In another scene, a neighbor turns to her via an anonymous note for help in protecting a violently abused child. Earlier we witnessed the abuse second-hand. Anne is ironing while watching the television and hears agonized screaming in the distance. She mutes the television, worries over the screaming, but continues ironing. The screaming stops, some moments of silence pass, and Anne turns the volume on the television back up. She continues ironing. When she receives the note, she deliberates with Georges over how to respond to the worrisome note. This conversation turns into an argument; Georges doesn't want to think about the problem since the note wasn't addressed to him, and Anne accuses him of being heartless. In the end, Anne does nothing about the troubling situation, and the child is killed. Anne attends the funeral.
In the film's climax (though to call it a climax implies that the film has a plot, and Code Unknown really doesn't have a narrative-driven structure... when I say climax, I mean the most emotionally powerful scene, which is almost at the end of the film and which is also the last scene with audible dialogue), we see Anne in need of help herself. On the train, she is accosted by a suave Arab teenager (Walid Afkir), who presumes that she is a wealthy, racist, and arrogant bitch and then simultaneously flirts with and verbally assaults her while a friend stands nearby, laughing at the bully's antics. There are several other people on the train, but except for an old woman who disapprovingly looks at the boy and then turns away, nobody says or does anything. Anne remains silent, ignoring the boy as he belittles her, not wanting to acknowledge his rudeness with a response. She rises and walks to another seat, but he follows her. She continues to ignore him as best she can, and finally he sits beside her, silent, normal. The train comes to a stop, the doors open, and he spits on her face at close range. As he bolts out the door, an older Arab man (Maurice Bénichou) trips him. The boy responds with anger, calling the gentleman a fool. The gentleman calmly--though with obvious nervousness--removes his eyeglasses, wordlessly hands them to Anne across the aisle, and rises for a fight, yelling at the boy in Arabic. The boy backs down. The man sits back down and continues staring forward, as before, as though nothing has happened. Anne hands him back his glasses, then wipes her face. The train continues moving, with the boy off-camera, and all is silent. The train comes to another stop, and the boy exits with a loud and frightening threat directed toward the man. Crisis averted, Anne breaks into tears. All she can manage to say is a sob-choked "Merci" to the man who stood up for her, but he does not respond, does not know how to respond, just continues staring forward as people do on a subway.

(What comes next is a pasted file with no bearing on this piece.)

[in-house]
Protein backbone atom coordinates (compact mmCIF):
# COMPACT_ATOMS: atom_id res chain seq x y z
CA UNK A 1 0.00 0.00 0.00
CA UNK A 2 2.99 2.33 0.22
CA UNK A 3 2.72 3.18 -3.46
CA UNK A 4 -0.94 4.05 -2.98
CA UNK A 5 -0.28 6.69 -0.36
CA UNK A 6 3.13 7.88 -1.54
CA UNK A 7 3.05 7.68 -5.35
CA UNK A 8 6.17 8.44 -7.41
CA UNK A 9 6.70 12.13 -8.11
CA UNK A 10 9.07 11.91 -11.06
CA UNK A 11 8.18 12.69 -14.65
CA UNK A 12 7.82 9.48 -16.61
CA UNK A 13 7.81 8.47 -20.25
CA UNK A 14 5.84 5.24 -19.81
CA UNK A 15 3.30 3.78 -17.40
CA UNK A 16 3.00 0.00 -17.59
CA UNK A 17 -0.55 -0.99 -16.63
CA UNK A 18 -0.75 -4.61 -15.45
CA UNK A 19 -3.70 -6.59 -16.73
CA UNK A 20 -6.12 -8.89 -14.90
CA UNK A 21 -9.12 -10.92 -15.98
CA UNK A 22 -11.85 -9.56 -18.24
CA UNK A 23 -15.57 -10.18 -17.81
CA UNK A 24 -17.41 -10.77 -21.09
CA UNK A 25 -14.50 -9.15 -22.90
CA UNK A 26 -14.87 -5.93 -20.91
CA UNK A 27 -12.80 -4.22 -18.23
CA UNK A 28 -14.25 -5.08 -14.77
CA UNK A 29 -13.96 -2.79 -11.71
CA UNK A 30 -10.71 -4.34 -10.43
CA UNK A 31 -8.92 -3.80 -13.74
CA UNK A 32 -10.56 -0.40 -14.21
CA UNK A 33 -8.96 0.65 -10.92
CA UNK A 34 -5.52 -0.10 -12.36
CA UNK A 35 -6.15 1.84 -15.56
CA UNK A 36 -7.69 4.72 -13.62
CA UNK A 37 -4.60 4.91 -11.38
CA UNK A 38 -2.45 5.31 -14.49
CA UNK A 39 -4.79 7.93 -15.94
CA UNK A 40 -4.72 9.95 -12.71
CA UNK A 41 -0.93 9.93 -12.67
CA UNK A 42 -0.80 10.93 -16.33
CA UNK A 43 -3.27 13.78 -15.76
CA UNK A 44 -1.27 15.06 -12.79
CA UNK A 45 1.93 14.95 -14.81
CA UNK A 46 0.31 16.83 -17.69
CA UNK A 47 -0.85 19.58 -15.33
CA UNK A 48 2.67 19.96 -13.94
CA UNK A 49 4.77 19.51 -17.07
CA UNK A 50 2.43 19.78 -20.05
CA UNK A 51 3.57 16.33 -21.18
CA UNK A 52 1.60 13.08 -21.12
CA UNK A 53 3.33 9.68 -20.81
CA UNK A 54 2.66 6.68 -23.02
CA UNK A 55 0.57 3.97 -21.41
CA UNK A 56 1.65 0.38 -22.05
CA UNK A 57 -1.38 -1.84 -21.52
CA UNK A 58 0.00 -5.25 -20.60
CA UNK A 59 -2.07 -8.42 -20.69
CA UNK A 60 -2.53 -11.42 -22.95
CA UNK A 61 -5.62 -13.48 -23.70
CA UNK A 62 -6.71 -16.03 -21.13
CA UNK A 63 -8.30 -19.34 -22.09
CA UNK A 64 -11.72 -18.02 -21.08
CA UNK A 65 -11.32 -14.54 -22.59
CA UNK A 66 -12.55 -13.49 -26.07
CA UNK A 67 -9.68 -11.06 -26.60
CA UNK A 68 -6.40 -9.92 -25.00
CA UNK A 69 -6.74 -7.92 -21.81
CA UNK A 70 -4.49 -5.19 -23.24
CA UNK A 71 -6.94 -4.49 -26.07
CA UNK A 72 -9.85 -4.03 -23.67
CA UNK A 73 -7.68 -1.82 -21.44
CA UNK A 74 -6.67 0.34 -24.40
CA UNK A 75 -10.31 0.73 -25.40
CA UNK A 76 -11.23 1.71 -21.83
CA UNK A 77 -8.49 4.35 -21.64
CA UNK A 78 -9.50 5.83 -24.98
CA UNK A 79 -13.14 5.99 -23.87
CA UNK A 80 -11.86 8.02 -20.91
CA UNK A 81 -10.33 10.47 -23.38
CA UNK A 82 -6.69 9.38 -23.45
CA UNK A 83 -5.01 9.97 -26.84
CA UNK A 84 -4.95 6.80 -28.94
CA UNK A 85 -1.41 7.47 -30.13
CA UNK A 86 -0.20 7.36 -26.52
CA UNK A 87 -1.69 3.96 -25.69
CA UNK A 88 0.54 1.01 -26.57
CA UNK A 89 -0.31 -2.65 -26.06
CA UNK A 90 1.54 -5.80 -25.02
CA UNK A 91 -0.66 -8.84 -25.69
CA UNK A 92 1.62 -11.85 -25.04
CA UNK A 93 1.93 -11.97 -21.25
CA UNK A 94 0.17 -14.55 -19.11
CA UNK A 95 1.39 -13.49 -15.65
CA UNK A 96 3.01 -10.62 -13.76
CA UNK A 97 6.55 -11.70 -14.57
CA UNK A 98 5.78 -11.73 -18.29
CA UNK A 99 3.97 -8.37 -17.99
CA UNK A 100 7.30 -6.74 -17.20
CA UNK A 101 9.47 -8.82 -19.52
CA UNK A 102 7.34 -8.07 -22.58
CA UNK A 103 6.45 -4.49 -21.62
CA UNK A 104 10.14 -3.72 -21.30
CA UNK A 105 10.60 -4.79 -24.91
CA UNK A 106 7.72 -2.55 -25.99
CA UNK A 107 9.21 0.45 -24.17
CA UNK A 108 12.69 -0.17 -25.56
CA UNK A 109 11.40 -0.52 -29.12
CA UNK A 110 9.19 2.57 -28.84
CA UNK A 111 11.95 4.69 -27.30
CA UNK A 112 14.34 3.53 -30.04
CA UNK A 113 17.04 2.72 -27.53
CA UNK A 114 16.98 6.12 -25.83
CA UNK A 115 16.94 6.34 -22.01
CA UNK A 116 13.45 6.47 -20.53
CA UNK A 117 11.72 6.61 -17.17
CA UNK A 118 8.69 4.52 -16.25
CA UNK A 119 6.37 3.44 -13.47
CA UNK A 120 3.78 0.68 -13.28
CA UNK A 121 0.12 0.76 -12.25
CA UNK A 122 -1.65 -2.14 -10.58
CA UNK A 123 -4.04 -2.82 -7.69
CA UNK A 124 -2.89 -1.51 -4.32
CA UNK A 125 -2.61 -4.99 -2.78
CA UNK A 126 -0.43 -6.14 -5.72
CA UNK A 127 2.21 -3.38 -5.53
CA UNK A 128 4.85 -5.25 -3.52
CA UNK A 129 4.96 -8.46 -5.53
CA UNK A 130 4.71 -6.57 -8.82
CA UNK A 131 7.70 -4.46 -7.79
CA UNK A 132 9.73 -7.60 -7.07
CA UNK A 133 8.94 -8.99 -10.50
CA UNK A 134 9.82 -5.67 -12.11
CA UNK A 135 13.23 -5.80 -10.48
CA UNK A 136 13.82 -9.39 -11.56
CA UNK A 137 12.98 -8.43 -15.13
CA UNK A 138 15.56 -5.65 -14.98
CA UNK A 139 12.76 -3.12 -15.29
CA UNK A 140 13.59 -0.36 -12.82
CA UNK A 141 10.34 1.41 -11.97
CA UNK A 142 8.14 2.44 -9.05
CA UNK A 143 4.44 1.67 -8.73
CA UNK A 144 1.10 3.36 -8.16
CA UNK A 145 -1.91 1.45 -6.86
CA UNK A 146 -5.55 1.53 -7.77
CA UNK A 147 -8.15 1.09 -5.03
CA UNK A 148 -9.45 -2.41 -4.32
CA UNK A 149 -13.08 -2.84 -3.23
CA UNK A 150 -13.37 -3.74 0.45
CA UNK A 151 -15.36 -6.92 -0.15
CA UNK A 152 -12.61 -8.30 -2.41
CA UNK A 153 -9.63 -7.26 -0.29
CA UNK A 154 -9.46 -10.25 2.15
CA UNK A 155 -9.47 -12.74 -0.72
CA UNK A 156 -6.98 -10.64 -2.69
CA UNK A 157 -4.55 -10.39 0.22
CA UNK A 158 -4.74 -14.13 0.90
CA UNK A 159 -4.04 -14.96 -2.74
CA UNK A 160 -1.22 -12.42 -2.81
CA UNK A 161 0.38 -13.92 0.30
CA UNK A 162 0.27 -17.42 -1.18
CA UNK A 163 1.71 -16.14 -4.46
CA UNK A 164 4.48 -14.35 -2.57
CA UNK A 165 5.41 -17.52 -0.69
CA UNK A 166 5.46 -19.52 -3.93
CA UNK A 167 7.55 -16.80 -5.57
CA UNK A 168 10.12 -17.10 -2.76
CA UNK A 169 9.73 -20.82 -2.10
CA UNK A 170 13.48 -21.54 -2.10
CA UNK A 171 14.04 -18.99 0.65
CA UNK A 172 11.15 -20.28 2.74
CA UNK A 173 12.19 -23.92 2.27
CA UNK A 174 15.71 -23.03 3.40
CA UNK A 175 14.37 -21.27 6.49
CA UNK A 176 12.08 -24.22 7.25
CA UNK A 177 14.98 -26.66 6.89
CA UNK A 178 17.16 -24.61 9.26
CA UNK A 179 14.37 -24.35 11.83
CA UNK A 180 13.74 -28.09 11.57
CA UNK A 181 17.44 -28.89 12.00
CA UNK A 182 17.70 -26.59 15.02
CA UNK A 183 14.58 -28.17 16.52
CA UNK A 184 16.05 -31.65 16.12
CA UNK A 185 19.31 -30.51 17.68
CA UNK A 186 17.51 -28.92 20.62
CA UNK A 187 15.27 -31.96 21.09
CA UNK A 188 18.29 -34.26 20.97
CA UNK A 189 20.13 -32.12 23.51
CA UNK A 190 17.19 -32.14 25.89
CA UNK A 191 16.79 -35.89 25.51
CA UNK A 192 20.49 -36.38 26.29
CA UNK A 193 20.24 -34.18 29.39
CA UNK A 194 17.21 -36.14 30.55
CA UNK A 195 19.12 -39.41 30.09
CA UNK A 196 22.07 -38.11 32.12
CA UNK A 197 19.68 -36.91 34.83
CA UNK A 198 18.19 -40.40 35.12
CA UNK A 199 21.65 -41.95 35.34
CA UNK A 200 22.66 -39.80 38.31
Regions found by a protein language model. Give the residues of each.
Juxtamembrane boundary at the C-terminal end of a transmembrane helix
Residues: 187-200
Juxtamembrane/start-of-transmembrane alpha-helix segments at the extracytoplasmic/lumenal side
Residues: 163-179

This genuine and emotionally resonant scene is filmed in one long cut with the camera acting as an inactive eye witness. The point-of-view is that of someone riding the train but refusing to act, just as all of the other passengers witness Anne's dilemma but pretend to remain ignorant. The boy is just a boy and it doesn't take much to put an end to his hatred, yet no one is willing to offer the slightest assistance. They all pass the buck to fate or to more noble heroes. Would we do anything if in the same situation? How much injustice do we see daily that we pretend does not exist? How often do we convince ourselves that we are not the hero-type, that some crises are better left resolved by others? When the gentleman stands up for her, he seemingly does so before he even realizes that he has resolved to do it. Afterward, he remains speechless and uncomprehending, still unable to talk to or even look at the woman he has just saved, unable to share words at a time when words would mean so much.
Code Unknown speaks volumes about the war-torn landscape of our emotions; this review has only scratched the surface, without examining Georges's career as a wartime photographer of atrocities, Amadou's acceptance-seeking white girlfriend, Amadou's superstitious mother, or the deaf children who bookend the film with a guessing game of charades in which they act out complex, enigmatic feelings. One of Michael Haneke's best films, Code Unknown is a rich movie that perfectly captures our current crisis of disconnect.
Code Unknown: Incomplete Tales of Several Journeys (2000)
d/w: Michael Haneke
(Juliette Binoche, Luminita Gheorghiu, Ona Lu Yenke, Thierry Neuvic, Maurice Bénichou)